Police Apologise To Family 70 Years After Executing Man For Murder

Police Apologise To Family 70 Years After Executing Man For Murder
Mahmood Mattan spoke very little English and could not read or write in the language



The family of a father who was wrongly convicted of murder have been given a police apology 70 years after he was executed in a British prison. Mahmood Mattan, a British Somali and former seaman, was hanged in 1952 after he was convicted of killing shopkeeper Lily Volpert in her store in Cardiff. His conviction was also the first


Criminal Case Review Commission referral to also be quashed at the Court of Appeal in 1998. South Wales Police have apologised and admitted the prosecution was flawed. This is a case very much of its time, racism, bias and prejudice would have been prevalent throughout society,



Lily Volpert (left) was murdered after taking over the family outfitters shop in Cardiff when father Mark (right) died.



Including the criminal justice system, said its chief constable, Jeremy Vaughan. There is no doubt that Mahmood Mattan was the victim of a miscarriage of justice as a result of a flawed prosecution, of which



policing was clearly a part. It is right and proper that an apology is made on behalf of policing for what went so badly wrong in this case 70 years ago and for the terrible suffering of Mr Mattan’s family and all those affected by this tragedy for many years. Mr Mattan’s wife Laura and their three sons David, Omar and Mervyn, who was also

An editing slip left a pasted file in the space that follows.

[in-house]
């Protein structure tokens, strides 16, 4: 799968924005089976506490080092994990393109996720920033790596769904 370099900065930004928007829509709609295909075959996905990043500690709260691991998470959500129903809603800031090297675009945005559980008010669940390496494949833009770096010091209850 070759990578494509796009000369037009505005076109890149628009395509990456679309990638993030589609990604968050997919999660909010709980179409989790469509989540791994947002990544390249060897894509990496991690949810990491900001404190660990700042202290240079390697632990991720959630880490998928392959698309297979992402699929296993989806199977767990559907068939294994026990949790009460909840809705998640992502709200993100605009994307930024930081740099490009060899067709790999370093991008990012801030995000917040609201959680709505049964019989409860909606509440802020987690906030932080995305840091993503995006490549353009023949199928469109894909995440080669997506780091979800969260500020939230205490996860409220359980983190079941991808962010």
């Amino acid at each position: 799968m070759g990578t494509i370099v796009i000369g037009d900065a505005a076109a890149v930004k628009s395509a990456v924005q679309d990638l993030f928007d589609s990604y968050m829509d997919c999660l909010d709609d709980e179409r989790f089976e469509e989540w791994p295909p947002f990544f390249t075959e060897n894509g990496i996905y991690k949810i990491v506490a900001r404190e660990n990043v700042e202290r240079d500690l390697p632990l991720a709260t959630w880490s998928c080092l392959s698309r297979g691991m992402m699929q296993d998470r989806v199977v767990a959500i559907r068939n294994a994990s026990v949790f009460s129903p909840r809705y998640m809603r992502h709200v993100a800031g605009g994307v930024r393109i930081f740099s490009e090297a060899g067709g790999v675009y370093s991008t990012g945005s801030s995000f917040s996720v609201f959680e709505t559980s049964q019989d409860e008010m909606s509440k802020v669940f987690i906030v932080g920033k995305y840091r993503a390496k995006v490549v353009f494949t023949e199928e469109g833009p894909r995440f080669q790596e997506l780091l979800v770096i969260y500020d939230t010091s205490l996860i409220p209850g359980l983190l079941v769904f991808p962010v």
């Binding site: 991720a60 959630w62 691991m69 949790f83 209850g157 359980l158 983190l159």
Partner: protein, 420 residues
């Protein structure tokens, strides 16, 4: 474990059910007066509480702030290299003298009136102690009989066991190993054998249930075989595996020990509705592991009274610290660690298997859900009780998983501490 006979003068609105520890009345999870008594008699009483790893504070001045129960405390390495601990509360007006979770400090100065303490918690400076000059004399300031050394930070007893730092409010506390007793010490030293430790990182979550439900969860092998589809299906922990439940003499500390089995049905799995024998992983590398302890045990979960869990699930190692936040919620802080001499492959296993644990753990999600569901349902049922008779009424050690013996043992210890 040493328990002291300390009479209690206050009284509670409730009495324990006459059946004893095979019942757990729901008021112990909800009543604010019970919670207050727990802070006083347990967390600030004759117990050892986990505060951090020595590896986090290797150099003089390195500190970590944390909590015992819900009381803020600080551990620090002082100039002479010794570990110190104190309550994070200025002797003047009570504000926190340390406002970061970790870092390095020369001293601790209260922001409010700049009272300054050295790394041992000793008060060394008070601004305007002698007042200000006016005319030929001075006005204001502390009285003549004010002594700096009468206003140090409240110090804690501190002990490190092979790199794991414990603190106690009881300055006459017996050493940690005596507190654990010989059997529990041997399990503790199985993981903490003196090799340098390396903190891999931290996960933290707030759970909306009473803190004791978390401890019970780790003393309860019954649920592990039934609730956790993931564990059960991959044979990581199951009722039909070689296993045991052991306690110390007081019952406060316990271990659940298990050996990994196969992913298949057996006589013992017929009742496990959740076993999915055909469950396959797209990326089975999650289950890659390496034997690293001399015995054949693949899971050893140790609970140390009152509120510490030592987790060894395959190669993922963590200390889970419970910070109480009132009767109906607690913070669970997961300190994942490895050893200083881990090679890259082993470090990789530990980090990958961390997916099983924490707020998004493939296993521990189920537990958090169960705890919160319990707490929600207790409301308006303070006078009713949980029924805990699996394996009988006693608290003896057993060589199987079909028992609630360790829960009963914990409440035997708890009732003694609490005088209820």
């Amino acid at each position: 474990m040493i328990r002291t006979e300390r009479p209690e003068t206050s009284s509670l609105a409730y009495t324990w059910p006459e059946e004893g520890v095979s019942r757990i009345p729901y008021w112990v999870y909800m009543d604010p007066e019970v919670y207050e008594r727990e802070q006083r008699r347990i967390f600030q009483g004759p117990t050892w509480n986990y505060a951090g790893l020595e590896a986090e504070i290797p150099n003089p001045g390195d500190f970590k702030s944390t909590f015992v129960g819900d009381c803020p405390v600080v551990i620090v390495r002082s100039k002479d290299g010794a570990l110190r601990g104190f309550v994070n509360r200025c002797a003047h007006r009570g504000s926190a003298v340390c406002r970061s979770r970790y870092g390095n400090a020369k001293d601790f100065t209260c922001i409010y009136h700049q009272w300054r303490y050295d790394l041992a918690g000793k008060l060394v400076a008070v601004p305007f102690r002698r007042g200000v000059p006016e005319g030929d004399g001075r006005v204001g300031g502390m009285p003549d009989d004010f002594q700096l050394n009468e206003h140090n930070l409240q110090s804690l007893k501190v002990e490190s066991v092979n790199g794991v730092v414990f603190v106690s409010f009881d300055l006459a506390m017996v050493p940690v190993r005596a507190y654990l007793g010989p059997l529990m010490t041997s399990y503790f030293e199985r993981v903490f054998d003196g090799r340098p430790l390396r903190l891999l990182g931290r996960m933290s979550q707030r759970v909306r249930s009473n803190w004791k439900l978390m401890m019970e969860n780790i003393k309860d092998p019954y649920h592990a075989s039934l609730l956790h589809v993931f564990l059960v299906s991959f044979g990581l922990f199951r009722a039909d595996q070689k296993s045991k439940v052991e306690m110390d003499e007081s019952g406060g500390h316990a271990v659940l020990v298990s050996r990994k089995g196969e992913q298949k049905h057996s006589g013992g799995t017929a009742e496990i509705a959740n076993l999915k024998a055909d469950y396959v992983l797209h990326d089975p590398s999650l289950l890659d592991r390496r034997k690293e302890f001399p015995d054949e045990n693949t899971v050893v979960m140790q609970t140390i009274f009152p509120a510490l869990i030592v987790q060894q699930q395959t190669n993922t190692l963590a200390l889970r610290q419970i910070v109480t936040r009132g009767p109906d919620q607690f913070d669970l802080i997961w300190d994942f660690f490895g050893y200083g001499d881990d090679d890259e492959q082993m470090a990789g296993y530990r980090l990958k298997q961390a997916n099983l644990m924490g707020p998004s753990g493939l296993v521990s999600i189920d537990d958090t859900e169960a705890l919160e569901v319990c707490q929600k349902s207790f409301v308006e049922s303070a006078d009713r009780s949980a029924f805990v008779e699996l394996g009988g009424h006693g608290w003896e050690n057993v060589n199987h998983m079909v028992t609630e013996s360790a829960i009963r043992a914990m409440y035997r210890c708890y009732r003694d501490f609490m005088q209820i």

known as Eddie, campaigned for 46 years after his execution for his name to be cleared. They have all since died and while the family welcomed an apology, one of his six grandchildren has called it “insincere. It’s far too late for the people directly affected as they are no longer with us and still, we are yet to hear the words I am/we are sorry, said granddaughter Tanya Mattan. The Mattan family received



Somali immigrant Mahmood Mattan was a former seaman who came to the UK after World War Two



Compensation from the Home Office in 2001 but never had an apology from the police force until now. Detectives from Cardiff City Police, which is part of the now South Wales Police force investigated the brutal killing of Ms Volpert inside her family outfitters and



haberdashery shop in the docks area of Cardiff on 6 March 1952. The well-known 41-year-old businesswoman had her throat cut while her mother, sister and niece were in the next room of the property in Cardiff’s old Tiger Bay area. There was no forensic evidence and, despite having alibis backed by numerous witnesses, Mr Mattan, was arrested within hours of the



Mattan’s wife Laura, flanked by family and supporters, leave the Court of Appeal after his murder conviction was quashed in 1998



murder, charged and convicted by an all-white jury. Feeling of prejudice towards Mr Mattan who spoke very little English, was heightened during his three-day trial at the Glamorgan Assizes in Swansea when his own defence barrister called him a semi-



civilised savage. Within six months of the murder, the 28 year old was executed by infamous hangman Albert Pierrepoint at the gallows at Cardiff prison on 3 September 1952. His widow Laura only found out he had been hanged when she went to visit him in jail a few hundred yards from their home in Davis Street  and discovered a notice of his death pinned to a door.